The fighters: Jake Tapper, host of CNN’s “The Lead” and Kevin Drum, a blogger for Mother Jones.
Who started it? I’ll give it to Drum, who may have overreacted to what is tantamount to journo love from Tapper to ABC’s Jonathan Karl for a question he posed the other day in the White House briefing room.
Some context: Tapper is often cheered on by the right wing media who sees him as reporter who will press the Obama administration and the Democratic Party for answers. Drum, meanwhile, works for the liberal Mother Jones. And Karl, who doesn’t wear his conservative roots on his sleeve, came from the Collegiate Network, which supports conservative newspapers on college campuses. He has contributed to The Weekly Standard and worked at the New York Post. He was on the board of the right-leaning Third Millennium group, whose goal is to promote young conservative journalism.
Tweet that prompted the fight: It came from Tapper, who was giving Karl props for questioning White House spokesman Josh Earnest about President Obama‘s ambassador picks for Argentina and Hungary.
Tweet that actually started the bickering:
And with that, it was on.
Tapper fired back, “Why what? why is it worth challenging people in power about questionable decisions?”
Drum replied, “It’s kabuki. Everyone knows the answer. It’s happened forever. Earnest wasn’t going to answer. Why waste the time?”
At this point, Tapper was somewhat offended. No one likes to be told their job is worthless. “So my asking this was a waste of time? I disagree.”
Drum came back with this: “But that’s my point! Those are serious issues that WH *should* be confronted about. Exact oppose of @jonkarl‘s theatrics.”
Tapper disagreed with what Drum’s point even was.
“No, your point was entire WH briefing is ‘waste of time,'” Tapper informed him. “And ambassadorships going to unqualified donors is legit line of inquiry.”
Drum, at this vulnerable point in the fight, said he didn’t mean briefings in general and actually expressed regret for what he said. “Apologies for twitter unclearness,” he said. “I was referring specifically to your kudos about ambassador Q. Not to briefings in general.”
This is when busybody Nick Baumann of Mother Jones entered the fray and sided with — WHOA! — Tapper. “Kevin I thought you meant all briefings too.”
Drum squarely blamed Twitter for the confusion. He shot back, “My mistake. I blame Twitter.”
He then offered a “detailed explanation” in a story with the headline, “Can We please Kill Off The Kabuki In the Press Room?”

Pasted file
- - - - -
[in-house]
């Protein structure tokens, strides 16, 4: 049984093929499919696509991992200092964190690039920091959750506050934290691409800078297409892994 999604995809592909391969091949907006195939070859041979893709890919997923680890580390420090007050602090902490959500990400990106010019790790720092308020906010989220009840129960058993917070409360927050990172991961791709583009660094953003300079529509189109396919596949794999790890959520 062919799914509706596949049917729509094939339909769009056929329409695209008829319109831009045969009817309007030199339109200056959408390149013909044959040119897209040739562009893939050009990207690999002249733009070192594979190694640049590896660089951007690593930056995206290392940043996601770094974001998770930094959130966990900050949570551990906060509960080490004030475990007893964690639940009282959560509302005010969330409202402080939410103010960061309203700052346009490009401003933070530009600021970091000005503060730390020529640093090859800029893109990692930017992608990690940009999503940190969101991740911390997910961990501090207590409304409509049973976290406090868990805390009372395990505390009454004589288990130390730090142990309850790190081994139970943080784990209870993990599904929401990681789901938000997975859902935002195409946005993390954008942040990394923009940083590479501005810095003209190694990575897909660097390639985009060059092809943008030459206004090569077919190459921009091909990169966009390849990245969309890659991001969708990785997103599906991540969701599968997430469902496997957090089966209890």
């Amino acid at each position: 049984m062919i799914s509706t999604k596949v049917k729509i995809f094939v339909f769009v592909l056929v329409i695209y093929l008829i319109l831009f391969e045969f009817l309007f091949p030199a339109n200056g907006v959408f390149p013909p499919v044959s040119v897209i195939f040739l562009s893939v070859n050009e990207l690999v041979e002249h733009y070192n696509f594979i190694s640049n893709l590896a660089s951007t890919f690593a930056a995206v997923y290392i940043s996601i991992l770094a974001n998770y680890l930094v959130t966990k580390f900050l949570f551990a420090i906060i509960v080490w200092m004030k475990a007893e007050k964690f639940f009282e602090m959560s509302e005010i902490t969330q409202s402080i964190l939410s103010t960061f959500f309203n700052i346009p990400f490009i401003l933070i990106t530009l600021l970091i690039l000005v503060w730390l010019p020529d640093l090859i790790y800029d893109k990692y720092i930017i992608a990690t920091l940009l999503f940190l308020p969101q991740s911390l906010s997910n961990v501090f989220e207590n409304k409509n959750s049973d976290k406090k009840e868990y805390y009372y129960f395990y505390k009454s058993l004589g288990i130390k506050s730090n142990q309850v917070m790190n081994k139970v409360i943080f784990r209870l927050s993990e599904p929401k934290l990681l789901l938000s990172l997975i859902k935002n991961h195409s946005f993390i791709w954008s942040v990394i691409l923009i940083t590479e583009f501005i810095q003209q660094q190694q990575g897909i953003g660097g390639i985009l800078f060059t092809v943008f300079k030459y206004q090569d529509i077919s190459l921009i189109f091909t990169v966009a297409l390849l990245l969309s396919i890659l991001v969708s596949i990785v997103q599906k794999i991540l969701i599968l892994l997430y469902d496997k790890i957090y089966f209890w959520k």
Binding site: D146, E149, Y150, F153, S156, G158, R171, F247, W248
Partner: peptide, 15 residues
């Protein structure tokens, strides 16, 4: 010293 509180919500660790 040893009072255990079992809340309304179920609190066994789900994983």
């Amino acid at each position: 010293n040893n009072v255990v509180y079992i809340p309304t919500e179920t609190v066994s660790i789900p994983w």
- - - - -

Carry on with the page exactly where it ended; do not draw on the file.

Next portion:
In it, Drum didn’t back down. He questioned the value of of Karl’s question about the ambassadors, considering that “neither one has any special diplomatic experience, and one of them is a former producer for a soap opera.” He cited the historical precedent of “rewarding” campaign contributors with “cushy ambassador posts” who are weak on experience. Drum maintained his original point that the exchange between Karl and Earnest was “pointless.” He also came clean that his own colleague, Nick Baumann, defended Tapper. Still, he asked, “Is this truly an example of holding those in power accountable?”
Status of the relationship between the fighters: Asked if he’d be willing to have a drink, breakfast or muffins with Drum, Tapper replied, “As I think you know, Betsy, I’m a fairly collegial sort and am always happy to have a cup of coffee or drink with anyone, including those with whom I disagree.” Drum, on the other hand, when asked the same question, basically said no. But he reasoned, “I’m in California, and not allowed to eat out at the moment anyway.” UPDATE: Drum tells me he’d happily meet with Tapper. “I didn’t refuse to sit down with @jaketapper. I’m in California. I’m housebound. If we ever meet, happy to chat.” He added, “This was a pretty routine disagreement. Not sure how you turned it into Mount Vesuvius.”
Who won? It’s a draw. Tapper’s point that the daily briefings aren’t a waste of time is valid. But Drum’s gumption and view that answers hardly ever come often or easy also rings true. Also: his blaming Twitter is comical. Twitter should be blamed for everything wrong with the world.